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Sunday, 21 April, 2002, 16:31 GMT 17:31 UK
Blasts kill 14 in southern Philippines
Wreckage in General Santos
The blast went off outside a market
At least 14 people have been killed in two explosions in the southern Philippines city of General Santos.

Bereaved mother in General Santos
A woman who lost two children in the blast is comforted
Over 40 more were injured by the blasts, which occured within minutes of each other.

The police linked the blasts to an obscure group called the Indigenous People's Federal Army, which campaign for a federal state for tribal groups.

But a man linked to the Abu Sayyaf Muslim rebel group telephoned a radio station and said: "We did it".

The BBC's Manila correspondent says that local gangsters could also be among the possible culprits.

The first blast occurred at about 1500 (0700 GMT) on Sunday, outside the Fitmark Department Store, where a bomb had been left in a motorised tricycle.

Map of Philippines
Police said that all the injuries resulted from this first explosion.

Minutes later, the second bomb went off in a residential area, when a device was thrown from a moving car, but no casualties were reported.

Many of those killed or injured were street traders.

Nineteen are reported to be seriously wounded.

There were also reports of a third explosion at the city's bus station.

Police said they had received a phone call warning that 18 devices had been planted in the city.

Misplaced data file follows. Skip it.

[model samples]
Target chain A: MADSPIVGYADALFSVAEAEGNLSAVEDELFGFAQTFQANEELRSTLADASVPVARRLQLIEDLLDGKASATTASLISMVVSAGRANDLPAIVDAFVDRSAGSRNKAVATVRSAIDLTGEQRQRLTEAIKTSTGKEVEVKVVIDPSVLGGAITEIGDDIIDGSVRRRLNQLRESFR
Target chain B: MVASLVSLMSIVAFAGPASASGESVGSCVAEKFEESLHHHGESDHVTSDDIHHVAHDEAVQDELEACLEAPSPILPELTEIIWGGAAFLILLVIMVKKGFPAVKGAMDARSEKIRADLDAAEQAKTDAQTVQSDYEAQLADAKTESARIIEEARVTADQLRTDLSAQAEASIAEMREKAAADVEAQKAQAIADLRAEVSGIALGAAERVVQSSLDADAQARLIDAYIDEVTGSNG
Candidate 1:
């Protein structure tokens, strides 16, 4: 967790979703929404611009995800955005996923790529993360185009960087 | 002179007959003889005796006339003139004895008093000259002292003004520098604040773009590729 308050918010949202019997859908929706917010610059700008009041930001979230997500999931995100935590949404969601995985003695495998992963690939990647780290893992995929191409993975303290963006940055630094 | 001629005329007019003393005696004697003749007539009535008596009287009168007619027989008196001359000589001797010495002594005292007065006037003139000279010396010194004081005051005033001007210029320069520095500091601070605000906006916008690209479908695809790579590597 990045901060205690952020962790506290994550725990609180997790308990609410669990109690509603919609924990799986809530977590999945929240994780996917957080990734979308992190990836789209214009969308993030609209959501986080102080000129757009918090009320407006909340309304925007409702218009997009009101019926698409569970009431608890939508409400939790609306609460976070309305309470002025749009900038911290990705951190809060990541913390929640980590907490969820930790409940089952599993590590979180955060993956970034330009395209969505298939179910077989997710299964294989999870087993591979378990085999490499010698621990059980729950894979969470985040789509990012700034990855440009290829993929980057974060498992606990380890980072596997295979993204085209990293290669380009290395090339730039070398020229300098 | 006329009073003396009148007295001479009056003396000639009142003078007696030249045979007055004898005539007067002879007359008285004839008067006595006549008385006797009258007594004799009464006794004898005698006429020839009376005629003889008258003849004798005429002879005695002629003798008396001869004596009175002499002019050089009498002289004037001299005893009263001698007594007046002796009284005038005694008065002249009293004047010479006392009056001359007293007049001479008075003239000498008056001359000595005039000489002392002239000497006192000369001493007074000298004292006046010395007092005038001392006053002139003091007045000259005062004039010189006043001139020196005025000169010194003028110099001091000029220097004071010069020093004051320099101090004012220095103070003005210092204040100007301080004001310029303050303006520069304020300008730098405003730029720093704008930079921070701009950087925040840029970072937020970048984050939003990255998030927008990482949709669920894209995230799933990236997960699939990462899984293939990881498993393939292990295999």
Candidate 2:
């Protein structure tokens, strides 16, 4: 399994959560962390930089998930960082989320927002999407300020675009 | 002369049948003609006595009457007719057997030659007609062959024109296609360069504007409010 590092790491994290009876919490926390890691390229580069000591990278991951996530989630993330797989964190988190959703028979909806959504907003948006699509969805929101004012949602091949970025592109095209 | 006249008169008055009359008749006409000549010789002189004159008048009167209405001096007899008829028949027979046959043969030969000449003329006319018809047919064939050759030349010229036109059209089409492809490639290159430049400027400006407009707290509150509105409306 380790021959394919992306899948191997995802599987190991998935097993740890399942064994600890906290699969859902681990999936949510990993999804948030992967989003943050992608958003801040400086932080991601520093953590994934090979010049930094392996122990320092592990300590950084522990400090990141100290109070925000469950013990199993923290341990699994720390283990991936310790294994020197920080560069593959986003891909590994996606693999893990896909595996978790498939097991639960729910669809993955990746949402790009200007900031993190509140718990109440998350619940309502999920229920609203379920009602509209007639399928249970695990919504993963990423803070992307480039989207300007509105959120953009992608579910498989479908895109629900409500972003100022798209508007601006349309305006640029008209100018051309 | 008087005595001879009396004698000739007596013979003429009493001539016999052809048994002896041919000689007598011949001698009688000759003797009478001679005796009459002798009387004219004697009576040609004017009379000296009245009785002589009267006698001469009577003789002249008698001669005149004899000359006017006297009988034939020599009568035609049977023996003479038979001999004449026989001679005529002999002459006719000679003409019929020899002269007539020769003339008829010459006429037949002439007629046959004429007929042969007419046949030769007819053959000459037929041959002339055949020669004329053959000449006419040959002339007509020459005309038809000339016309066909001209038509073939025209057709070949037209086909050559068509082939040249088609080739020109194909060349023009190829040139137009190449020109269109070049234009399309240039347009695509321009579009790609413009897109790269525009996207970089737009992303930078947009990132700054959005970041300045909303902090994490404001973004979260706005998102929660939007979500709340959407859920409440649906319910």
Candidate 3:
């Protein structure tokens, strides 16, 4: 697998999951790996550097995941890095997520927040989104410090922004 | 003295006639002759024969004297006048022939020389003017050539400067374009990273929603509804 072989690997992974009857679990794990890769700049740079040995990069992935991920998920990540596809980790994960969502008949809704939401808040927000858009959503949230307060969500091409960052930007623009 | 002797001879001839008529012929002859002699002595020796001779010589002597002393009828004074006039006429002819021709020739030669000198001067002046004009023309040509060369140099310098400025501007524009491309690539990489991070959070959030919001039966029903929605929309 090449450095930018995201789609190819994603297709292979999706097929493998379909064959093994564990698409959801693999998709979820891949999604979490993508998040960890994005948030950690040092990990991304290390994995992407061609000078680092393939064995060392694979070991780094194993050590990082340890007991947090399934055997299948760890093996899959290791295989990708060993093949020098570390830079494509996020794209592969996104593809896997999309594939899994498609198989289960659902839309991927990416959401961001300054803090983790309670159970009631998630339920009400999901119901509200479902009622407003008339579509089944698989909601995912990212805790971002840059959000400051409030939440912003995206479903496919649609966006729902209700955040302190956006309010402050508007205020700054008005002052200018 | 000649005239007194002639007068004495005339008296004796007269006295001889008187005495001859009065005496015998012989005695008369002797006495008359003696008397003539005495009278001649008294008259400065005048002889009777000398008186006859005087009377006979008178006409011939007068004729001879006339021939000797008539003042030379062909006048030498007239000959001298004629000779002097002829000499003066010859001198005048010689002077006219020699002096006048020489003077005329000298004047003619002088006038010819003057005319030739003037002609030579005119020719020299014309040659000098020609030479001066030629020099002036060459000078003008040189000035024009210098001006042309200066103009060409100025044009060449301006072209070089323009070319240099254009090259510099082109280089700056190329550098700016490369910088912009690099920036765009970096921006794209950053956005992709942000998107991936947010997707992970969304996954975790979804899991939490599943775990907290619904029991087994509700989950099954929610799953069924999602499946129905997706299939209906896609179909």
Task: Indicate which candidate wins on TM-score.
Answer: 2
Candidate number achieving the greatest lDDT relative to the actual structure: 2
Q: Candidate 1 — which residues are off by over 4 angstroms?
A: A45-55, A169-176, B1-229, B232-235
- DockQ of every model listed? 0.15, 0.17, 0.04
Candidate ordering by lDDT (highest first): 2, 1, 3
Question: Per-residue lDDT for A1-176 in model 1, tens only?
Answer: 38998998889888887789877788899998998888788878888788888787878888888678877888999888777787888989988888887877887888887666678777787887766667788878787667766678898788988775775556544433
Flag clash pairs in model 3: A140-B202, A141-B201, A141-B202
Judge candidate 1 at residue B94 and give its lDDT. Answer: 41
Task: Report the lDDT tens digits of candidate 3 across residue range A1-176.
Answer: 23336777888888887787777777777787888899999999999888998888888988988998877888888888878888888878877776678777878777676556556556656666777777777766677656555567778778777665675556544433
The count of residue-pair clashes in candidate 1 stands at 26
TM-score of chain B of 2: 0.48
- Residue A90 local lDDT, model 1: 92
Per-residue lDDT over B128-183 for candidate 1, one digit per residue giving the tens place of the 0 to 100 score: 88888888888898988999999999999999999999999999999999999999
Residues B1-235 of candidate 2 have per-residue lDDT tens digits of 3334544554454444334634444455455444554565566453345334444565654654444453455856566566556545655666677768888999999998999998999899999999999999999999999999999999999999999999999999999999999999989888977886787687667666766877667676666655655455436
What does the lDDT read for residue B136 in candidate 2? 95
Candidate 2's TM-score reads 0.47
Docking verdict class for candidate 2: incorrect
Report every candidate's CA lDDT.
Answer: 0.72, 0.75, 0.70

Police suspicions

A man identifying himself as Abu Muslim Al-Ghazi telephoned a local radio station to claim responsibility for the blasts on behalf of Abu Sayyaf.

US solders in Subic Bay
US soldiers are deploying to help the Philippines fight against extremists
But a spokesman for the Mayor Pedro Acharaon said Mr al-Ghazi was merely a member of a group of extortionists.

Local police said they suspected a tribal rights group.

"We have been receiving intelligence reports and threats of attacks from a group called the Federal Army," Chief Superindendent Bartolome Baluyot said.

The Indigenous People's Federal Army has claimed responsibility for planting bombs in the capital Manila.

The Manila bombs were not intended to explode, but local media reports quoted an alleged spokesman for the group as saying that the next bombs would do so.

Muslim link

The government has been fighting Muslim extremists in the southern Philippines, and US troops are training local soldiers on the island on Basilan, about 350 km (215 miles) west of General Santos.

Rohman Al-Ghozi
Rohman Al-Ghozi: Link to General Santos arms cache
The city of 800,000 people is mainly Christian.

On Thursday, an Indonesian man Fathur Rohman Al-Ghozi pleaded guilty to explosives possession after providing information that led police to a cache of a ton of explosives in General Santos.

In January, police arrested three Filipinos in town on suspicion of links with Osama bin Laden's al-Qaeda network.

Correspondents say it is possible that the blasts are linked to the sentencing of Al-Ghozi to a 12-year prison term.

The BBC's John McLean reports from Manila
"I don't think the police can afford to rule out any possibility"
Police chief for the region, Superintendant Baluyot
"Last year, bombs were sent by a group identified as the Indigenous People's Federal Army"
See also:

19 Apr 02 | Asia-Pacific
South-East Asia's terror clampdown
17 Feb 02 | Asia-Pacific
US troops begin Philippine exercises
18 Jan 02 | Asia-Pacific
US troops arrive in Basilan
14 Jan 02 | Asia-Pacific
US troops join war on Abu Sayyaf
11 Jun 01 | Asia-Pacific
Analysis: Negotiating with the Abu Sayyaf
01 Jun 01 | Asia-Pacific
Philippine troops battle kidnappers
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